Citizen Science in the Great Lakes: Zhiibaahaasing First Nation Monitoring Hub | Great Lakes Guide

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Citizen Science in the Great Lakes: Zhiibaahaasing First Nation Monitoring Hub

Published November 18, 2019
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Credit: Jessica Gordon

All about the Zhiibaahaasing First Nation Monitoring Hub

The Zhiibaahaasing First Nation Hub was established in the fall of 2018. It is one of Swim Drink Fish’s recreational water monitoring hubs. It was established thanks to funding from Environment and Climate Change Canada’s Great Lakes Protection Initiative .

Zhiibaahaasing First Nation hosts the Zhiibaahaasing monitoring hub. Zhiibaahaasing First Nation is located on the west end of Manitoulin Island, in the North Channel of Lake Huron. The First Nation wants to teach the community about water quality and the importance of water. The monitoring hub provides opportunities for the community to learn about water, as well as monitoring science and lab work. There is year round programming that gives youth in the community the opportunity to learn about traditional knowledge, ceremony, and lessons about water.

In 2019 the Zhiibaahaasing First Nation Pow-wow was about water and the importance of protecting it.

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Dancers getting ready at the Pow-wow. Credit: Jessica Gordon

Who works with the monitoring hub?

Community members Chelsea Antoine and Jonathan Riberdy run the monitoring hub in Zhiibaahaasing First Nation. Jonathan is the Community Monitoring Project Manager and Chelsea is the Community Monitoring Coordinator. All hub coordinators and staff are employed by Swim Drink Fish and are supported by Swim Drink Fish staff. Chelsea has a background in Water Quality Science and Jonathan is Zhiibaahaasing’s Water Plant Operator. They make a great team, educating people about water quality.

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From Left to Right: Swim Guide Manager Gabrielle Parent-Doliner, Jonathan Riberdy and Chelsea Antoine heading out to sample. Credit: Jessica Gordon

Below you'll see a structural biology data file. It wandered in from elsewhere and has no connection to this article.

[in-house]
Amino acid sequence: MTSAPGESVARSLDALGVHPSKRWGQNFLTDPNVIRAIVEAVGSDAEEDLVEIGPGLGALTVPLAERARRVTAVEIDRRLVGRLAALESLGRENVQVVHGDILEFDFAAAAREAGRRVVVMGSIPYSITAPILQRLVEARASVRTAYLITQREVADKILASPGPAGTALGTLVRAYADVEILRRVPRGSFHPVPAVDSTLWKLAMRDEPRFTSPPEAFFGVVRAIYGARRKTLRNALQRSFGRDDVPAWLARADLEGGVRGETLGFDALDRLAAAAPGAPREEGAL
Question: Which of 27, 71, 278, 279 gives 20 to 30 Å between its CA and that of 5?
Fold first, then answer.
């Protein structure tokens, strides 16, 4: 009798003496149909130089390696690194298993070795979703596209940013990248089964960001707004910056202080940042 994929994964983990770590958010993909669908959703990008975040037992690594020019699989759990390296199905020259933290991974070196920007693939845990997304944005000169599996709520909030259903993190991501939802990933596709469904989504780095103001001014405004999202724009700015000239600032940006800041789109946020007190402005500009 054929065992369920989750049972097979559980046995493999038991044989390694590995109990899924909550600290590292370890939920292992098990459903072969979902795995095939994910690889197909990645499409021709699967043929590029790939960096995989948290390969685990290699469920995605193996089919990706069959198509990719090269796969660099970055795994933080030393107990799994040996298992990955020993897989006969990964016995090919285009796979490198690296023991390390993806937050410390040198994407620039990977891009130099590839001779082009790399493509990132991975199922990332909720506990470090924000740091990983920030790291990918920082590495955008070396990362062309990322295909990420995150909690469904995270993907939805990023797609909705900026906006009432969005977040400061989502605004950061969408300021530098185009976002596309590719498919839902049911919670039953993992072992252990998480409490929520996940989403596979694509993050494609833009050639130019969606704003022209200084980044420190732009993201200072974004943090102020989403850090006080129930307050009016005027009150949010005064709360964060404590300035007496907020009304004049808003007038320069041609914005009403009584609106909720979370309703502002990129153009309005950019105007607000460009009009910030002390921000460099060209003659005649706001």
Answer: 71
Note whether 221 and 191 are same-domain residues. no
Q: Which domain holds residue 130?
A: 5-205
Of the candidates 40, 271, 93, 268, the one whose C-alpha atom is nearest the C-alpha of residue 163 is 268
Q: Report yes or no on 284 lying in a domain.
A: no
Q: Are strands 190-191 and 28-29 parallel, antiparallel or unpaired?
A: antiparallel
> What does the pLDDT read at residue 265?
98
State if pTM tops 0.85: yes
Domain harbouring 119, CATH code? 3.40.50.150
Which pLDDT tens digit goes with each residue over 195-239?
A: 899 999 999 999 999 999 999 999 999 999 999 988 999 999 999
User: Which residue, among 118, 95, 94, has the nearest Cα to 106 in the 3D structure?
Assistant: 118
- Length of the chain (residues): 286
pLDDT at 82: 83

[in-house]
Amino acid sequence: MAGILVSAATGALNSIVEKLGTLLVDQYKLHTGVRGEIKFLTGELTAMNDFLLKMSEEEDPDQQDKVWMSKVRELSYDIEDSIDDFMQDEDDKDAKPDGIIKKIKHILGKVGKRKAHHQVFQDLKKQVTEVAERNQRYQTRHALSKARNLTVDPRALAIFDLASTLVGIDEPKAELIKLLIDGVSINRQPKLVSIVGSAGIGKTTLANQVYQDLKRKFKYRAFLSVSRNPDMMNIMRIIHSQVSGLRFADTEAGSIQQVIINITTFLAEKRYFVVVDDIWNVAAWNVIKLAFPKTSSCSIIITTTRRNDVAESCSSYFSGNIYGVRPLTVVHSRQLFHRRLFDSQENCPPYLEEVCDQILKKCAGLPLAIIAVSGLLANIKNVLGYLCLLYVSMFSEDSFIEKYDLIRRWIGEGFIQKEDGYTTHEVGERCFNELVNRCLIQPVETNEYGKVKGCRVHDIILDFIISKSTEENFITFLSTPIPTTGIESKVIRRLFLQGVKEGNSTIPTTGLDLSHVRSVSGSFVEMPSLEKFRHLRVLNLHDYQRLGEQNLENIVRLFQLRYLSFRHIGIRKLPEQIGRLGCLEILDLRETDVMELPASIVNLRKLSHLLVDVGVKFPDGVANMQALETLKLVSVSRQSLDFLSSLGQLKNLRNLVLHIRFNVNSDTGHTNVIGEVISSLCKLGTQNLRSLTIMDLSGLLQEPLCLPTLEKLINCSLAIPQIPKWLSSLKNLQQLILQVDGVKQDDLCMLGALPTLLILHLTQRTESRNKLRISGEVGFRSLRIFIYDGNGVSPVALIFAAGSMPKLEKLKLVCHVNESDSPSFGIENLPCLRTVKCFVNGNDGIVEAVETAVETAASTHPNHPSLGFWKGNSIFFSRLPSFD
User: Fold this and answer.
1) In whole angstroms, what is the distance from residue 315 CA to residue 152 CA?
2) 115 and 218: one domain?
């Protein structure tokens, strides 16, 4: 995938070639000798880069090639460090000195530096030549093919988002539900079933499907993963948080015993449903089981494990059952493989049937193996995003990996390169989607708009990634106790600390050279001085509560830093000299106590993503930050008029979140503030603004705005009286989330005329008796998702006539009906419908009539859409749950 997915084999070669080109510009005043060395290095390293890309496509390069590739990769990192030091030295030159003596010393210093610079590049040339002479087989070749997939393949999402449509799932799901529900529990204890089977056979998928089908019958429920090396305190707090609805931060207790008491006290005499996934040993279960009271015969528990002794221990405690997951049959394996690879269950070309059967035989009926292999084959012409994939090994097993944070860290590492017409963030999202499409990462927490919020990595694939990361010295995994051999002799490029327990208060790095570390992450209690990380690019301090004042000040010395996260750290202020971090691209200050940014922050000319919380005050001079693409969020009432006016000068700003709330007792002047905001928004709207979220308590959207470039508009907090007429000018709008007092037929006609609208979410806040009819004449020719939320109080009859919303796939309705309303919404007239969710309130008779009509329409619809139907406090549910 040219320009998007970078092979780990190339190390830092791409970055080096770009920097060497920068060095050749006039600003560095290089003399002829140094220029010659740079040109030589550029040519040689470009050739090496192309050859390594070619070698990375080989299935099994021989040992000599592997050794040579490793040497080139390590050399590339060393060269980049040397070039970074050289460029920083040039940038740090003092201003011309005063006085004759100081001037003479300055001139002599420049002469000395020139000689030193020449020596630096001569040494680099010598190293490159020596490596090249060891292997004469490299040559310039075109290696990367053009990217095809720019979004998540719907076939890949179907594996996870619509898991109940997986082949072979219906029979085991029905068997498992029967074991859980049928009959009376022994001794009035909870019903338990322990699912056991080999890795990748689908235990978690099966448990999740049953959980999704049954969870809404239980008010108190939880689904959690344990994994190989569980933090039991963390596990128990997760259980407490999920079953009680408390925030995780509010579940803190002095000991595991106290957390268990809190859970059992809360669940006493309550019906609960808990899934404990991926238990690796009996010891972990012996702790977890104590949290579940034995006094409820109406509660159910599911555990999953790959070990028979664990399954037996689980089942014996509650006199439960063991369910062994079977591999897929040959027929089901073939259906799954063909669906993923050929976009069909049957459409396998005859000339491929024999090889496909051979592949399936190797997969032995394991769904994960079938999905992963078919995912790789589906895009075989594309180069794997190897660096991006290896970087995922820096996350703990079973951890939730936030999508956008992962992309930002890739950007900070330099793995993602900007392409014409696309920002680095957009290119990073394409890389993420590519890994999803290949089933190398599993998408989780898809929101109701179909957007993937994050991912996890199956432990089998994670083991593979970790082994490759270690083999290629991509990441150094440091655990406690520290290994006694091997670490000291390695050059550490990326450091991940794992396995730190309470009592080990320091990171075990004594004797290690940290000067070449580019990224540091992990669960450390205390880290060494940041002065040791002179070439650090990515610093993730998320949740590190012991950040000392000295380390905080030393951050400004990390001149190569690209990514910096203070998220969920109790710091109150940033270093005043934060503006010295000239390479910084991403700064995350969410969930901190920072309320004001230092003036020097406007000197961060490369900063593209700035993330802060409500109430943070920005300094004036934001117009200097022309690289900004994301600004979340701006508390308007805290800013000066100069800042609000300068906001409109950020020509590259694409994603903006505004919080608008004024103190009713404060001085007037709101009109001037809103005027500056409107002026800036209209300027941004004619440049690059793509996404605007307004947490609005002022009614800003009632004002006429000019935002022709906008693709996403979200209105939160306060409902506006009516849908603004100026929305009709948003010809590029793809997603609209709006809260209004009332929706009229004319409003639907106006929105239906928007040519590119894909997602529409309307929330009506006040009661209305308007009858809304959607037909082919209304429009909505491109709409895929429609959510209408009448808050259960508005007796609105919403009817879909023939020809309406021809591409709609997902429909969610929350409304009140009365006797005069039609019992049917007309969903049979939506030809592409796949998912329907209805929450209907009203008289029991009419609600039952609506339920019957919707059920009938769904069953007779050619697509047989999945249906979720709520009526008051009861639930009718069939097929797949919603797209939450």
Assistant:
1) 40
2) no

The hub officially started sampling during the spring of 2019. From May through September, Chelsea, accompanied by youth from the community (who are now volunteer citizen scientists!), samples three locations, once a week.

“It is important for people in the community to know how water can change and be affected by different factors and getting involved with the water monitoring has helped them gain a better understanding of what’s happening at the beaches that are monitored. People are always surprised by the garbage that has washed up on shore.

We need to monitor to protect and keep the beaches and this waterbody as clean and as close to the original conditions as possible.”

- Chelsea Antoine, Community Monitoring Coordinator, Zhiibaahaasing First Nation

Chelsea also holds lessons about on different topics, related to water. An elder from the community often joins the youth and Chelsea, sharing traditional knowledge. These lessons are held by the water and continue throughout the winter (although in winter, the lessons move inside for the most part).

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A very frozen Lake Huron. Credit: Jessica Gordon

How is the water monitored?

This hub, like all the Swim Drink Fish hubs, follows the local standard for recreational water quality. For the Zhiibaahaasing First Nation Hub this is the Ontario provincial standard, Operational Approaches for Recreational Water Guideline, 2018.

A minimum of five samples are taken at each location. The hub is monitoring the water for E. coli: a bacteria found in the digestive tract of warm blooded animals. E. coli is present in the feces of humans and other mammals, which means the presence of E. coli can indicate –you guessed it– poop from sewage and stormwater. High levels of E. coli can put our health at risk and can mean the presence of other harmful contaminants found in sewage, such as pathogens, heavy metals, and chemicals.

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Chelsea in the lab. Credit: Dylan Neild